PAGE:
'Wrong place - wrong time' - anger as plans to build huge new secondary school in Daventry get a step closer

A view of Eastern Way in Daventry.A view of Eastern Way in Daventry.
A view of Eastern Way in Daventry.
Controversial plans to build a huge new secondary school on green space in Daventry are moving forward despite major opposition.

The new 1,050-space secondary school could be built on Eastern Way and be run by the Tove Learning Trust.

Site assessments for what would be called Sponne School Daventry are now taking place.

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West Northants Cllr Wendy Randall, (Daventry West), said: "Having a school build on Eastern Way is an absolute no. It's in the wrong place and it's the wrong time.

West Northants Cllr Wendy Randall, (Daventry West).West Northants Cllr Wendy Randall, (Daventry West).
West Northants Cllr Wendy Randall, (Daventry West).

"A new school would destabilise the other two existing schools as people are drawn to a shiny new school. There's also the high risk of them not filling the school because the other schools are good. That would leave three unviable schools."

She said traffic would increase, along with the risk of accidents.

"You're already taking your life into your own hands there," Cllr Randall added.

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"Eastern Way is a valuable piece of land. I'm against losing that beautiful open space and I woud go against anything being built on there, unless it was some kind of park."

Chris Heaton-Harris.Chris Heaton-Harris.
Chris Heaton-Harris.

Scores of people took to the Daventry Express Facebook page when asked their views about the proposed location of the new school.

Miranda Osborne said: "We can’t keep losing our green spaces, there are plenty of other more suitable sites across the town. Ashby Road is a nightmare every morning and afternoon as it is."

Lindsey Ede said the school would be better placed near the new estates.

"Better sites would be Middlemore/Monksmoor," she said.

Another view of Eastern Way.Another view of Eastern Way.
Another view of Eastern Way.

"It would be a huge mistake to lose that green space also."

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The Department for Education (DfE) approved a secondary school some years ago as part of a free schools programme.

Daventry MP Chris Heaton-Harris said getting a free school into the town is important.

He said: "Currently, our local schools are on the up and the academy chain that runs them is doing a very good job. However, that has not always been the case.

"When I became the MP, I was keen to introduce some competition into our local education system. Alas, over the years the local secondary schools had not performed as well as they should and hundreds of students were travelling out of the town for their education.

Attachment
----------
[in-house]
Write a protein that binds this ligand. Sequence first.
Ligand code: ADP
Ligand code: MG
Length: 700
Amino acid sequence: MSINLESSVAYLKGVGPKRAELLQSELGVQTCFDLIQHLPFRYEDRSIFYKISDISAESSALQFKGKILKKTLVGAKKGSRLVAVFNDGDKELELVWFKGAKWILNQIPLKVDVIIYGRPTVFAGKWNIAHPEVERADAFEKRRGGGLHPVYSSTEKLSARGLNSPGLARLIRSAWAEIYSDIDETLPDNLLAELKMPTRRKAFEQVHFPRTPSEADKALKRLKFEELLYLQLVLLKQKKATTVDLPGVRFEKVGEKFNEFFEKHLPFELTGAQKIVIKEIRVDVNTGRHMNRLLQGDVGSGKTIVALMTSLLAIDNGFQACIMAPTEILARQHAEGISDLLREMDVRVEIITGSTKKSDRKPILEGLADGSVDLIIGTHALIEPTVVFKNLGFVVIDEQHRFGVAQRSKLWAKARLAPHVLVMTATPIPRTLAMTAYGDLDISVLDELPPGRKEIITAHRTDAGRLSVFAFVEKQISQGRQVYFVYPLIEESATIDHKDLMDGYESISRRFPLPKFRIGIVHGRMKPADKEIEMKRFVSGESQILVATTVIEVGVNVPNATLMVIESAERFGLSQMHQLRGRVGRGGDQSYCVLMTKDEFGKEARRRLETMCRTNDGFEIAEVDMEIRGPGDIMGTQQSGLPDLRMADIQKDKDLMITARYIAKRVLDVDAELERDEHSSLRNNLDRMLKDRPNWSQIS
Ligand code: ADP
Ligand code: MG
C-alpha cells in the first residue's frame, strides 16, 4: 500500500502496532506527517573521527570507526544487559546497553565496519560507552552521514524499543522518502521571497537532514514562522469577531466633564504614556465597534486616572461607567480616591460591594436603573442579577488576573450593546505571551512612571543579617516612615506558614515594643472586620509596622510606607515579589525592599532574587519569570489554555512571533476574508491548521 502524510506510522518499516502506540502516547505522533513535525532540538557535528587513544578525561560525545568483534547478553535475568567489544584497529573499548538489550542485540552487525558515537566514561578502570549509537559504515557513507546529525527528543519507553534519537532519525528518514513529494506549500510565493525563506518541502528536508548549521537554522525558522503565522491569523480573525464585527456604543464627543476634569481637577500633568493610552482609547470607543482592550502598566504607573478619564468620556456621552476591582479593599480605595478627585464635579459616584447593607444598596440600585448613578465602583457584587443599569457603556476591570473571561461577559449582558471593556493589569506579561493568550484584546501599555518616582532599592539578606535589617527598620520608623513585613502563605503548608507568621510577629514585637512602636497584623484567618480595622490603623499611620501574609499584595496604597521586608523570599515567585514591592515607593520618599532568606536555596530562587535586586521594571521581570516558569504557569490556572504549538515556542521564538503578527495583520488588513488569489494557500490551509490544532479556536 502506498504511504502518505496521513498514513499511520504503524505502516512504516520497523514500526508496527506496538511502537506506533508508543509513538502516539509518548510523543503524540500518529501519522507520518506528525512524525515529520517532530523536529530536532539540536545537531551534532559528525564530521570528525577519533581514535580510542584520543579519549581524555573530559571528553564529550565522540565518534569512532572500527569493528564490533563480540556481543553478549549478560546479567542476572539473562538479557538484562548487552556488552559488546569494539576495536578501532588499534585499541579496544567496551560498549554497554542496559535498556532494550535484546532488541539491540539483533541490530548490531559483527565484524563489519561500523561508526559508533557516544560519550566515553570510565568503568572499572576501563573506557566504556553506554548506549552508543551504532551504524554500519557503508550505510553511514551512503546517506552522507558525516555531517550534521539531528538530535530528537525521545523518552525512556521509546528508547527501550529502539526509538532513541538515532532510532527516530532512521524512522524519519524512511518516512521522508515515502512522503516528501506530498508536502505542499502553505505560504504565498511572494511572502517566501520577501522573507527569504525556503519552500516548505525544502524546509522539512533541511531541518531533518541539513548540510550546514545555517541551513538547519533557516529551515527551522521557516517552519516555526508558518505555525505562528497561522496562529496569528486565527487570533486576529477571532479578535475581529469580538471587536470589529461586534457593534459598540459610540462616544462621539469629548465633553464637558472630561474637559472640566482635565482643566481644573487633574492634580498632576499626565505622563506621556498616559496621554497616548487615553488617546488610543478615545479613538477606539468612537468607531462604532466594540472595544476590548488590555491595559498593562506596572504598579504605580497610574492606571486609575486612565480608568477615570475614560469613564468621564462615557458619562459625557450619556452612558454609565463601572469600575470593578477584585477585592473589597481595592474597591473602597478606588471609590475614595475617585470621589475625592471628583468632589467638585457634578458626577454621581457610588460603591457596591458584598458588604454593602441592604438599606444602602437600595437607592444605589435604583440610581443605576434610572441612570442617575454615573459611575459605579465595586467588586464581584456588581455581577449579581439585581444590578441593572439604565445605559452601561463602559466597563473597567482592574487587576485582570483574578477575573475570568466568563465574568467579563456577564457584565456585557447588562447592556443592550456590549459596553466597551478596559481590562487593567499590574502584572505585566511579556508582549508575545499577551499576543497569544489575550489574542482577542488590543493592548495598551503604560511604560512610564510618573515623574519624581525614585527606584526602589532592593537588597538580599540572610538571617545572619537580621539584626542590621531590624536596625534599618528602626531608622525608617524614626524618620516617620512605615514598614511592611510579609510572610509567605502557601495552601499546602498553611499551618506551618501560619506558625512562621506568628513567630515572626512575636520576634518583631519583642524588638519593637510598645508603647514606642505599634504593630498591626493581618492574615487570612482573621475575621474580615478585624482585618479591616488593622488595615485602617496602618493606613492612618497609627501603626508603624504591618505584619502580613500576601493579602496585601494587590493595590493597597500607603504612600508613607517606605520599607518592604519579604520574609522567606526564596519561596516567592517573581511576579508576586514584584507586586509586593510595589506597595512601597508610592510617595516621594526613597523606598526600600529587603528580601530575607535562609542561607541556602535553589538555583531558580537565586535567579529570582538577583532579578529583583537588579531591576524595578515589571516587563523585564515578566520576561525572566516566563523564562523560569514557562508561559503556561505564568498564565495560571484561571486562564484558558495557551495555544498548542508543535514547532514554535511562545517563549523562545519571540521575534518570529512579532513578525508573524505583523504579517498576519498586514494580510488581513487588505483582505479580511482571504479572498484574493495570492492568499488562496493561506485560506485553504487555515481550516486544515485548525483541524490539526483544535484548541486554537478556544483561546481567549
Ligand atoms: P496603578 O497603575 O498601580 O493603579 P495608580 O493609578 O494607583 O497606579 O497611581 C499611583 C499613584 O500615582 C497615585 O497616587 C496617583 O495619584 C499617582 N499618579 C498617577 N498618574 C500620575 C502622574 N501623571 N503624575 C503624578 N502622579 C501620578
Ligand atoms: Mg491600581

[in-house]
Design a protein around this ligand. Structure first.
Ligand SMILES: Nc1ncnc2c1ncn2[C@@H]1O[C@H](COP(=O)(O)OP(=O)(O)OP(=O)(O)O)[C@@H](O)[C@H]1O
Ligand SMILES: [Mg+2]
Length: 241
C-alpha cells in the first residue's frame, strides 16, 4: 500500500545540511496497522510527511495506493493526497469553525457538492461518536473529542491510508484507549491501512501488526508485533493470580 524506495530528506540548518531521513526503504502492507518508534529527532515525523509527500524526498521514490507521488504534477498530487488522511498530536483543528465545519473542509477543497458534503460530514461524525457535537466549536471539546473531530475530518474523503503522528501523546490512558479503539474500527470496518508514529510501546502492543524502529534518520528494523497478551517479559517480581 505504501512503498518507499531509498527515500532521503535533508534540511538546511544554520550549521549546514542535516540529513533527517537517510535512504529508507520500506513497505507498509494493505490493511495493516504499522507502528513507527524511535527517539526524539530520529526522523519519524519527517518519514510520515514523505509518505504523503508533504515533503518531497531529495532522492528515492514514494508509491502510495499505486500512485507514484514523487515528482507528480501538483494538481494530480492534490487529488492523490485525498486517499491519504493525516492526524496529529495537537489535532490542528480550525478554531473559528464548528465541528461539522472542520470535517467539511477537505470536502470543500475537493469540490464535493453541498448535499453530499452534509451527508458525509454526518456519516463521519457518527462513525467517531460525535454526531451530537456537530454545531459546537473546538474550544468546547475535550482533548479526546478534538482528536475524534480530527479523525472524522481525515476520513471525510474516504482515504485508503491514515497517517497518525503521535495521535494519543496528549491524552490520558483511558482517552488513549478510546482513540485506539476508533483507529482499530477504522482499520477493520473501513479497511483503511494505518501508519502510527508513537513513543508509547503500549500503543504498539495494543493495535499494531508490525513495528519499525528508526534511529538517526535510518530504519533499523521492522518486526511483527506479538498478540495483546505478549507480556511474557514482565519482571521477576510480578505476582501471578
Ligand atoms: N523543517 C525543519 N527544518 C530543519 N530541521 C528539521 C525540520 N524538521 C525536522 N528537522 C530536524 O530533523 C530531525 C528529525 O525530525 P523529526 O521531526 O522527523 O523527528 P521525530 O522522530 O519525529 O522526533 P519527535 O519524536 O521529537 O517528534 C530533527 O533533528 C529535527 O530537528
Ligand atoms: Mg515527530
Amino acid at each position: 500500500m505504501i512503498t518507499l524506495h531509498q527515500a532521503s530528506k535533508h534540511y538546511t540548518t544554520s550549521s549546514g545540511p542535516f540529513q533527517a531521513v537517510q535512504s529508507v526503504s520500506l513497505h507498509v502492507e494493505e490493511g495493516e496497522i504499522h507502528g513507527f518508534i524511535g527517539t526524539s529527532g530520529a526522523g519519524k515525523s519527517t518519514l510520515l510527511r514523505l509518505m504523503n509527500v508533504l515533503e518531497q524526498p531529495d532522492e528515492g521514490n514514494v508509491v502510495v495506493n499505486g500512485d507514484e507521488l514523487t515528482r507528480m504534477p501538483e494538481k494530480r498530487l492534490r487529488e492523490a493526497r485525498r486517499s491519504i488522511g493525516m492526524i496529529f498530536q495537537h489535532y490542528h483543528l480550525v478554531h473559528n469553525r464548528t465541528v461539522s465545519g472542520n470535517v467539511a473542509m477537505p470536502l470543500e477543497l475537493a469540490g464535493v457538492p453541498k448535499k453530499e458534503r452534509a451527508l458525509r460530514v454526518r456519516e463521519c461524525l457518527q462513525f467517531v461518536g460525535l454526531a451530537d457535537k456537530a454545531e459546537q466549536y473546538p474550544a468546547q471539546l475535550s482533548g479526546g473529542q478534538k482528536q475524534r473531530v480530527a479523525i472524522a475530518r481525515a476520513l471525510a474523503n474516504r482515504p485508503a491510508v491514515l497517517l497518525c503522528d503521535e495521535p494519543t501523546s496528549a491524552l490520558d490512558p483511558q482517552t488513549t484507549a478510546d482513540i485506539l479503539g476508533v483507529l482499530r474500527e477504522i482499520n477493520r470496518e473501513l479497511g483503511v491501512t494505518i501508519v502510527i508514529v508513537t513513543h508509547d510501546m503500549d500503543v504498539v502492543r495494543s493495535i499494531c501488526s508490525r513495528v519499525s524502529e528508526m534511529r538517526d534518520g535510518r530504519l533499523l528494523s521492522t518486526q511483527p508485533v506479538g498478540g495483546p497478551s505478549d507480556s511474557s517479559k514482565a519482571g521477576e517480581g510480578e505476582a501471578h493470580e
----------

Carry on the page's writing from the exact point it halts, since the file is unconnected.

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"Major investment into educational buildings tends to fall to central Government and so I was pleased when David Cameron’s Government chose Daventry as the site of one of the first University Technical Colleges. That type of education system didn’t work out here, but it did shake things up and we now have a beautiful building in which the Parker Academy now resides.

"Since the idea of 'free schools' came about I’ve been keen to encourage one to come to Daventry. Not just to provide that extra element of competition to ensure the improvement we’ve seen in our local schools is maintained, but also as we have a growing town and it will not be long before the two improving secondary schools are both full - so proper plans and investment are needed to future-proof Daventry’s education provision."

Plans to dispose of the green space were approved by district councillors last year.

The MP said funding from central Government to build a new secondary school is hard to come by.

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"It is well known this sort of investment brings jobs and opportunity for generations to come - and so I’m delighted that for a while now the Government has been asking the council to find an appropriate site for a new secondary school," he added.

"I do worry that were we to say "no thanks" to the funding now the tougher economic times we are likely to have ahead will mean future funding of this type could not be guaranteed going forward.

"I know the site that is currently being talked about is controversial; indeed, it would absolutely not have been my first choice. However, for me the future of education in Daventry is an extremely important matter and this multi-million-pound investment could and should be ground-breaking - and so I support it."

Jamie Clarke CEO, Tove Learning Trust, said: "The project to build the new school is owned by the DfE, and a suitable site for the school is determined by the DfE.

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"Tove Learning Trust (TLT) is the provider the DfE has decided will run the school, and TLT is very pleased to be opening this new secondary school in Daventry. It is expected that this will open in 2024."

He added: "We look forward to working with the community in Daventry over the coming years."

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